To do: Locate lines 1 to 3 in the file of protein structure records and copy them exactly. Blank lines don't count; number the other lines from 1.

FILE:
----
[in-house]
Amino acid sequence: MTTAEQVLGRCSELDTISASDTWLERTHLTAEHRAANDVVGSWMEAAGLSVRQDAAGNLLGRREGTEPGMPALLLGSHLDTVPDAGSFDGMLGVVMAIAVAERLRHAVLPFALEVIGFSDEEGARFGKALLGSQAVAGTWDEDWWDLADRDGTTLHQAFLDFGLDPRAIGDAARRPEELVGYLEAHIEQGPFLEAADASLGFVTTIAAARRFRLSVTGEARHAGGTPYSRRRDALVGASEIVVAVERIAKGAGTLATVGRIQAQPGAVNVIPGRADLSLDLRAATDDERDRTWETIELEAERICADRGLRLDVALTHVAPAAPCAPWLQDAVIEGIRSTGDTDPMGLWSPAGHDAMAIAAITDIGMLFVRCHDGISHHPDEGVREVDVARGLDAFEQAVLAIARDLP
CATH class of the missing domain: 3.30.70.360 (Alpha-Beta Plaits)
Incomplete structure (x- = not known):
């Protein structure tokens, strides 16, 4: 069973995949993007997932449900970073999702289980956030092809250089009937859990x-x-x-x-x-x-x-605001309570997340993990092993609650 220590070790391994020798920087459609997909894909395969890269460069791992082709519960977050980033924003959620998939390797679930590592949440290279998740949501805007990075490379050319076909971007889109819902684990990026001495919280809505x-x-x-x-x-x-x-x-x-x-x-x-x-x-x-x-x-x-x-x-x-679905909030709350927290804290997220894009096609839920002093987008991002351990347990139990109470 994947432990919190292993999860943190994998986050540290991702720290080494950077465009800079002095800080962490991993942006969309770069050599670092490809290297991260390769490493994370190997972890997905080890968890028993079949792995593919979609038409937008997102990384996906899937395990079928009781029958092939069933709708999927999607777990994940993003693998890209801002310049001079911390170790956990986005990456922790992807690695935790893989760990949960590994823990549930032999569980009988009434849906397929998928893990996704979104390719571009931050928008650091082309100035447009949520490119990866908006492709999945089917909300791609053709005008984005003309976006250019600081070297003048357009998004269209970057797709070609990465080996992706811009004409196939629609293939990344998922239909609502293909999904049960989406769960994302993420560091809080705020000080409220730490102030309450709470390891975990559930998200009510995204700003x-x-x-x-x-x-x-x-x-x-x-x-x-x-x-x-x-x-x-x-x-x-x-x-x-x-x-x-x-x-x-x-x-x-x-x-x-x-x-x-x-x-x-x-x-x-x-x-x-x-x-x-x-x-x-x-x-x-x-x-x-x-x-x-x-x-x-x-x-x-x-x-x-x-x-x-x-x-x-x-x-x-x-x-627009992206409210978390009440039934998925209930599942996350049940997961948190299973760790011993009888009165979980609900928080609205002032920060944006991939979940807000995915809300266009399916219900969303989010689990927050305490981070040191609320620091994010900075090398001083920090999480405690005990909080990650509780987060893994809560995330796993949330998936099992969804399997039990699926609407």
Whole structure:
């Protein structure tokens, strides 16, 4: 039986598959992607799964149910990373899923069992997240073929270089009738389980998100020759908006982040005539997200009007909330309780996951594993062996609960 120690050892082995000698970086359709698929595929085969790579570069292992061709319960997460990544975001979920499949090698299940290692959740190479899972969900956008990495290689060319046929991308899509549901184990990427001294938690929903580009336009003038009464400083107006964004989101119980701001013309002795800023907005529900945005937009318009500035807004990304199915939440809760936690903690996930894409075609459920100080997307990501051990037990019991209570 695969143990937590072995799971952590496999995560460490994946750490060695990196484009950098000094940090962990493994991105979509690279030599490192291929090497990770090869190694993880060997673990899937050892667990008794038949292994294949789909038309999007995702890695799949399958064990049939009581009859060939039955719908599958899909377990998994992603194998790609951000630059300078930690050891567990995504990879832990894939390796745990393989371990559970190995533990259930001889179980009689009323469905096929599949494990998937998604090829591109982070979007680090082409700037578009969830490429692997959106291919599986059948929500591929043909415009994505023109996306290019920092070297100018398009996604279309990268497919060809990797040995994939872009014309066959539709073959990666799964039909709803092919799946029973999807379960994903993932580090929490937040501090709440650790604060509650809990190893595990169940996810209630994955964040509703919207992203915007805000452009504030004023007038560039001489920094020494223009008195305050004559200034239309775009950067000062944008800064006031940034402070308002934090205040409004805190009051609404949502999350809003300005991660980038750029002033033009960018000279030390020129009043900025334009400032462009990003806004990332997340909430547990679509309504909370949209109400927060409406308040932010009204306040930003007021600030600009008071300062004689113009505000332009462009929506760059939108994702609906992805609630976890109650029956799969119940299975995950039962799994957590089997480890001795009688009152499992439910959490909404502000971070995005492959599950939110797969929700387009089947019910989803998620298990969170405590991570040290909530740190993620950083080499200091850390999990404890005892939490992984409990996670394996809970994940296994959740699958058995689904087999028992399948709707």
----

[in-house]
Amino acid sequence: MTTAEQVLGRCSELDTISASDTWLERTHLTAEHRAANDVVGSWMEAAGLSVRQDAAGNLLGRREGTEPGMPALLLGSHLDTVPDAGSFDGMLGVVMAIAVAERLRHAVLPFALEVIGFSDEEGARFGKALLGSQAVAGTWDEDWWDLADRDGTTLHQAFLDFGLDPRAIGDAARRPEELVGYLEAHIEQGPFLEAADASLGFVTTIAAARRFRLSVTGEARHAGGTPYSRRRDALVGASEIVVAVERIAKGAGTLATVGRIQAQPGAVNVIPGRADLSLDLRAATDDERDRTWETIELEAERICADRGLRLDVALTHVAPAAPCAPWLQDAVIEGIRSTGDTDPMGLWSPAGHDAMAIAAITDIGMLFVRCHDGISHHPDEGVREVDVARGLDAFEQAVLAIARDLP
CATH class of the missing domain: 3.30.70.360 (Alpha-Beta Plaits)